Steve Cohen On Mets Struggles: “I Don’t Know Who They Thought They Were Getting”

New York Mets owner Steve Cohen has expressed his unwavering support for manager Buck Showalter and general manager Billy Eppler despite the team’s disappointing start to the season.

In a recent interview with the New York Post, Cohen acknowledged his frustration with the Mets struggles, citing the inconsistent pitching staff as the team’s biggest issue. However, he emphasized that he will not resort to knee-jerk reactions by firing the key personnel.

Cohen asserted that he would remain patient during challenging times, stating, “When things get really bad, I’m not going to blow up. I don’t think that’s the proper response. I don’t think it solves anything, other than it gives people a one-day story.. But it doesn’t really solve anything.”

“I think that’s the worst thing you can do is to be overly reactionary,” he said. “General fan reaction – it’s usually, ‘I can’t believe Steve’s not going nuts, fire somebody.’ My answer to that is, ‘OK, let’s say I went nuts. Let’s say I fired somebody. Then what?’ What does that accomplish? Who are you gonna replace them with? This is the middle of the season.”

“And then if you actually ask people [who are the replacements], they have no answers, other than they’re just angry, and I get that.

He acknowledged that there is plenty of blame to go around for the team’s performance but believes that blowing up the organization would not solve their problems and could be demotivating.

“I’m frustrated. The players are frustrated. The front office is frustrated. We are frustrated. No one expected this. This is really surprising. It doesn’t mean that things won’t get better. If we can find ways to fix our weaknesses, we’ll try,” he said.

The Mets currently hold a fourth-place position in the National League East with a record of 31-35, trailing the division-leading Atlanta Braves by 9½ games.

Despite having a record payroll of over $340 million, the team is unlikely to match its impressive 2022 record of 101-61 achieved in Showalter and Eppler’s first season.

Eppler echoed Cohen’s sentiments, expressing confidence in Showalter’s abilities as a four-time Manager of the Year with over two decades of experience. Cohen added that the team’s problems are “organizational” and emphasized his desire to avoid reactionary measures.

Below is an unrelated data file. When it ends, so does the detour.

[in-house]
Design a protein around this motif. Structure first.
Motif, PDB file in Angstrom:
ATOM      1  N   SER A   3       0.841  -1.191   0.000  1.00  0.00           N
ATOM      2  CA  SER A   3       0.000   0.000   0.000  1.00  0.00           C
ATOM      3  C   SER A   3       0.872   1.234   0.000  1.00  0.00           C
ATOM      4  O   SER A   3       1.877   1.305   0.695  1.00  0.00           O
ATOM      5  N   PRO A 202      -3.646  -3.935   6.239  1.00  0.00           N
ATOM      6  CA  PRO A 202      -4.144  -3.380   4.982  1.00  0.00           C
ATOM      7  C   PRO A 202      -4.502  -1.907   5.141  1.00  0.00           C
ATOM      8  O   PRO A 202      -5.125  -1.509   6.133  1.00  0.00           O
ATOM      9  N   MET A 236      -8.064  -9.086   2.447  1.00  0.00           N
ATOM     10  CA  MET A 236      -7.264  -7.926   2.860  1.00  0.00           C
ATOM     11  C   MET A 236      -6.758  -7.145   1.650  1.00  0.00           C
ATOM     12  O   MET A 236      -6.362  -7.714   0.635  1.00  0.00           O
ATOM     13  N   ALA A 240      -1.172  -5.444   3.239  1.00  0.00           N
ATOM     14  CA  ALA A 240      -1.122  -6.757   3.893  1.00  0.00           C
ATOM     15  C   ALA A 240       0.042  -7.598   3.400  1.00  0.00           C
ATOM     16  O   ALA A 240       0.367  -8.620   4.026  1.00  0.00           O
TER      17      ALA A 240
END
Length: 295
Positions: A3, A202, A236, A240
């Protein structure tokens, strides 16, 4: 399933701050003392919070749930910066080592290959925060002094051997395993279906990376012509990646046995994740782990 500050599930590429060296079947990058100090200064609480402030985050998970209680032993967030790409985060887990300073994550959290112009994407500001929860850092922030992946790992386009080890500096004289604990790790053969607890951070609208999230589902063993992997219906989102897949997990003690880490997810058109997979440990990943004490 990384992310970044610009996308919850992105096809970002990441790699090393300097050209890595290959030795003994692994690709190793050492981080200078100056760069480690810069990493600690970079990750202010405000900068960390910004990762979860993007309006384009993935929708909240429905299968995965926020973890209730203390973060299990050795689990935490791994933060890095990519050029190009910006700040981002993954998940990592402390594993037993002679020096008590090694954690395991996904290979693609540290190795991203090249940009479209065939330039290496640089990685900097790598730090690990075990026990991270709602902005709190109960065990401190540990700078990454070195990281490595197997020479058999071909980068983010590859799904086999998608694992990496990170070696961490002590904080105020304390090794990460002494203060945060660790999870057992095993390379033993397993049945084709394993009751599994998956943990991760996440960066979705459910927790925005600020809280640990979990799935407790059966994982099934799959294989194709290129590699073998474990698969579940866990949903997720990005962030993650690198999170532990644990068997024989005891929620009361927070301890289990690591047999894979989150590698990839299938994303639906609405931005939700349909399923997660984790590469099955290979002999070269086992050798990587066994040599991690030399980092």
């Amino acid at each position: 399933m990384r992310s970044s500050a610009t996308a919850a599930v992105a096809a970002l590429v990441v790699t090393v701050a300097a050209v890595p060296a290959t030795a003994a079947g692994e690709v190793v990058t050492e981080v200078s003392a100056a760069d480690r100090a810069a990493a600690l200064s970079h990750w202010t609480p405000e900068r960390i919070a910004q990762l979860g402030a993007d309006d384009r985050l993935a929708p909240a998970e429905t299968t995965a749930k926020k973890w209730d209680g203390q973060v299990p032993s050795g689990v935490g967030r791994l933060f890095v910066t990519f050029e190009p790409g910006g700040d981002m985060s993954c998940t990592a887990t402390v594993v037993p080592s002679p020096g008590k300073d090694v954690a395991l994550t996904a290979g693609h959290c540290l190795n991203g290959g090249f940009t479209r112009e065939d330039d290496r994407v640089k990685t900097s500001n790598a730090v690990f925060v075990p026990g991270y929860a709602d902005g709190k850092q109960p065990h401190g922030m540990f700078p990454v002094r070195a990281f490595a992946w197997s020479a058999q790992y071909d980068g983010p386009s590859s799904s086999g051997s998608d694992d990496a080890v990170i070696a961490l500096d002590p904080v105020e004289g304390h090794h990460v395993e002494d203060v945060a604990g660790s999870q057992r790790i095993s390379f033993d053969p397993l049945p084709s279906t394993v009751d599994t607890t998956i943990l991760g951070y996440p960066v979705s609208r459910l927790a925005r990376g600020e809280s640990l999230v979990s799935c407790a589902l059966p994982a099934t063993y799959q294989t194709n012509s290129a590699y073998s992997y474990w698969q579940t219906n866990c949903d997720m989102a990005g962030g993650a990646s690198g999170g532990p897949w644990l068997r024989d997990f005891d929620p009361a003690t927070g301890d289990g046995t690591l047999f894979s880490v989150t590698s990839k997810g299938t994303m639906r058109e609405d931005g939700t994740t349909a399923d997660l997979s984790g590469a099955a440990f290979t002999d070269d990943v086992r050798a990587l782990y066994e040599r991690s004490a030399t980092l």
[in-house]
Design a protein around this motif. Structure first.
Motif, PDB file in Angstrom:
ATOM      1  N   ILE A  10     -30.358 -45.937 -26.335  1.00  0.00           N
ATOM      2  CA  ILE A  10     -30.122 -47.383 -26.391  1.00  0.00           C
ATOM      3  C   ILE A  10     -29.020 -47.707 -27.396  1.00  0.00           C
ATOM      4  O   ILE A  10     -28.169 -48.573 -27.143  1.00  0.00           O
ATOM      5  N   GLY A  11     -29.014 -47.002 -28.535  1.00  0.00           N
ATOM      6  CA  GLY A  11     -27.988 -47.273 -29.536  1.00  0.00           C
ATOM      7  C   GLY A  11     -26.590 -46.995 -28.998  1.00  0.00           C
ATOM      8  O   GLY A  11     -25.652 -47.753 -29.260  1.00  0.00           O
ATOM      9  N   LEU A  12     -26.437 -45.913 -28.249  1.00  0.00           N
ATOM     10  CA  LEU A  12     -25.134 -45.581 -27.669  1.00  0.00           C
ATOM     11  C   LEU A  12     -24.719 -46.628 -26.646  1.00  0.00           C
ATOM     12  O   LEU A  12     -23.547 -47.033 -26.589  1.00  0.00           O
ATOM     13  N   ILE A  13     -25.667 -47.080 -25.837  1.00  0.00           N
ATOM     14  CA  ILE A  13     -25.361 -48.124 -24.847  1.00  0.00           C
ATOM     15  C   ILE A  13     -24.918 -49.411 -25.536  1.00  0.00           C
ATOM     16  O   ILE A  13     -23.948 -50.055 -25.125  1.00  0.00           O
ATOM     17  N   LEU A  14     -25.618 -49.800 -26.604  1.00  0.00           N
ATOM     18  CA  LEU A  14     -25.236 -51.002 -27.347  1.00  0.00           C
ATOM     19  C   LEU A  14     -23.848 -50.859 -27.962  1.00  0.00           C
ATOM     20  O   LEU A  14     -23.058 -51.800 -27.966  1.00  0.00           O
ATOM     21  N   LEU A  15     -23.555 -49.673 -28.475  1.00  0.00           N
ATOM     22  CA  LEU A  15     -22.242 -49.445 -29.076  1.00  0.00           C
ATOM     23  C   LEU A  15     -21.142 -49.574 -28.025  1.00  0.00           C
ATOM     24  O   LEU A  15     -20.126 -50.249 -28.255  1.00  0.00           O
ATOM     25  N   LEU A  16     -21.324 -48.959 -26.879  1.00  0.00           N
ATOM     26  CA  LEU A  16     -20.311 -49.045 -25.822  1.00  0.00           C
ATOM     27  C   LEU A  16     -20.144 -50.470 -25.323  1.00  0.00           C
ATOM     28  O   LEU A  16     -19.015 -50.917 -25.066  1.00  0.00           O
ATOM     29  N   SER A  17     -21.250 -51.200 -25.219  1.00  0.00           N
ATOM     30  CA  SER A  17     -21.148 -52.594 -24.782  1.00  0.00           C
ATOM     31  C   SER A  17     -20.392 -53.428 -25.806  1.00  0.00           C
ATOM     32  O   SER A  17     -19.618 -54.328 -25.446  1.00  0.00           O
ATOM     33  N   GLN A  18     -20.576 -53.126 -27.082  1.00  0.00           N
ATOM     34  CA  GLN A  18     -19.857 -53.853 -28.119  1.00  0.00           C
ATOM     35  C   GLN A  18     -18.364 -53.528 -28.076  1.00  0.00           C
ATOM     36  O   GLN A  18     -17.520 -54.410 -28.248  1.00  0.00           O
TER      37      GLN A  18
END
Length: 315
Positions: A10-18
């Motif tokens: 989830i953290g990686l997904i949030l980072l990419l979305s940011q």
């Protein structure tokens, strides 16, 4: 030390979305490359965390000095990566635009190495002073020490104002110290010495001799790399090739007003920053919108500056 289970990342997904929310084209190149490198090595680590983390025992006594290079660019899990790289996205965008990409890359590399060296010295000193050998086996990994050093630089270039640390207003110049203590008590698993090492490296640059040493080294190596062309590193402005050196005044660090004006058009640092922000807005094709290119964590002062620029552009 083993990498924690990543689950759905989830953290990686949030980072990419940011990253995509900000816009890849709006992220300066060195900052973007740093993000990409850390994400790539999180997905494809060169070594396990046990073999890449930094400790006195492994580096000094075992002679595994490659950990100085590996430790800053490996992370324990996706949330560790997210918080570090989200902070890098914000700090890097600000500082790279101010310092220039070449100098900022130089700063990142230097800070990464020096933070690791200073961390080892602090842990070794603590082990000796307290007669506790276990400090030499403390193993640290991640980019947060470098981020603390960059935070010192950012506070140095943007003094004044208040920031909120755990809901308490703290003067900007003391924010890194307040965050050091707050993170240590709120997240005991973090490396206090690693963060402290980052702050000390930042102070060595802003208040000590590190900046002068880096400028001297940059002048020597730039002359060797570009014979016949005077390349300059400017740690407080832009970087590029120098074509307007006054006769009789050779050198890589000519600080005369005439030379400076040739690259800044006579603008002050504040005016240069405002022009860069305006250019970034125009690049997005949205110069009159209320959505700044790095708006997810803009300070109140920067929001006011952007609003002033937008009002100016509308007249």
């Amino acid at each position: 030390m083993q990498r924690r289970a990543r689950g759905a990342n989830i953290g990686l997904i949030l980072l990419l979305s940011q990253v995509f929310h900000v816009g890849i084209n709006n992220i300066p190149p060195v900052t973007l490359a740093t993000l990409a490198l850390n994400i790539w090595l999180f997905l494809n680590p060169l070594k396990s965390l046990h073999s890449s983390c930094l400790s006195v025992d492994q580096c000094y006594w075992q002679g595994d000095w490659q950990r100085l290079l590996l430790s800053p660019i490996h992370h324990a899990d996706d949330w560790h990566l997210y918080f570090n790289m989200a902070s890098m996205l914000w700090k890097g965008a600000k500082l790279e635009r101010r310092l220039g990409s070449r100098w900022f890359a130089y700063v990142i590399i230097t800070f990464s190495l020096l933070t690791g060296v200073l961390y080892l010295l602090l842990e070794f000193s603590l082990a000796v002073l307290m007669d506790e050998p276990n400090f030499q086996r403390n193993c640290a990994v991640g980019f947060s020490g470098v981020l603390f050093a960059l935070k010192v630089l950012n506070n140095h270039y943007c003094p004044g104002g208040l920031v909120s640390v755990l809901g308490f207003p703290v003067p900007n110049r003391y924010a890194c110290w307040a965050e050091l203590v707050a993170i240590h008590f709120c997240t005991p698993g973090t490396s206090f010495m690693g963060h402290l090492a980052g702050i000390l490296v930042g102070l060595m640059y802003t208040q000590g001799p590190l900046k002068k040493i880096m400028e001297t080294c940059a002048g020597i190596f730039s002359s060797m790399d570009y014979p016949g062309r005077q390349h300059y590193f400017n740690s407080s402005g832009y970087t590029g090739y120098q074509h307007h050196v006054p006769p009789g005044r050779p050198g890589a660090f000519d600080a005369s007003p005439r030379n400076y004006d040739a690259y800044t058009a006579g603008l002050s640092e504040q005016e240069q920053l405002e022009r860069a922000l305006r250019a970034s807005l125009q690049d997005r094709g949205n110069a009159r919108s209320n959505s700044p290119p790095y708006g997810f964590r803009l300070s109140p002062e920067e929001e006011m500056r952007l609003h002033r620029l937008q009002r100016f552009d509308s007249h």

He highlighted the lack of viable replacements mid-season and emphasized the need to fix weaknesses rather than simply making changes for the sake of appeasing frustrated fans.

The Mets pitching staff, with a 4.73 ERA, has been a major concern this season, ranking among the bottom five in the league.. Cohen specifically mentioned the struggles of veteran aces Justin Verlander (4.85 ERA) and Max Scherzer (3.71), who have faced injuries and inconsistency.

Despite their difficulties, Cohen expressed confidence in their ability to rebound.

“I believe we have veteran pitchers who have performed in the past,” he said. “I think they’re gonna do better. I think we’re seeing signs of it. Verlander went out the other night [Thursday against the Braves] and pitched three innings. The start before he threw 120 pitches. Is one related to the other? Might be, I don’t know, it’s way above my paygrade.”

“Generally he’s the type of pitcher and Max is the type of pitcher – I think they are going to be fine.. What is the odds this group of pitchers will pitch this way the entire season? Probably unlikely. That is why there is reason for optimism in a moment where it looks like the wheels have just come off.”

Cohen, who purchased the Mets for a record $2.4 billion in November 2020, has transformed the team into one of the highest-spending franchises in Major League Baseball.

While he appreciates the passion of Mets fans, he reiterated his commitment to his own management style and rejected the notion of making hasty changes to satisfy “recency bias.”

“That’s not how I’m going to run this team,” he said. “That’s not how I’m dealing with my people. And if people don’t like it, what can I tell you? I’m gonna do it the way I do it. I don’t know who they thought they were getting.”

“Just because I spent money doesn’t mean a change.. I’m gonna run it in my style – thoughtful, involved. And sometimes there are no easy answers. And you have to accept that.”

Cohen emphasized the need for thoughtful and involved decision-making, acknowledging that there are no easy answers but expressing optimism for improvement if the team can address its weaknesses.

As the season progresses, Mets fans will continue to watch closely to see if Cohen’s patience and faith in Showalter, Eppler, and the team’s veterans will pay off and lead to a turnaround.

Cohen may not want to admit it publicly – but you can only be patient for so long.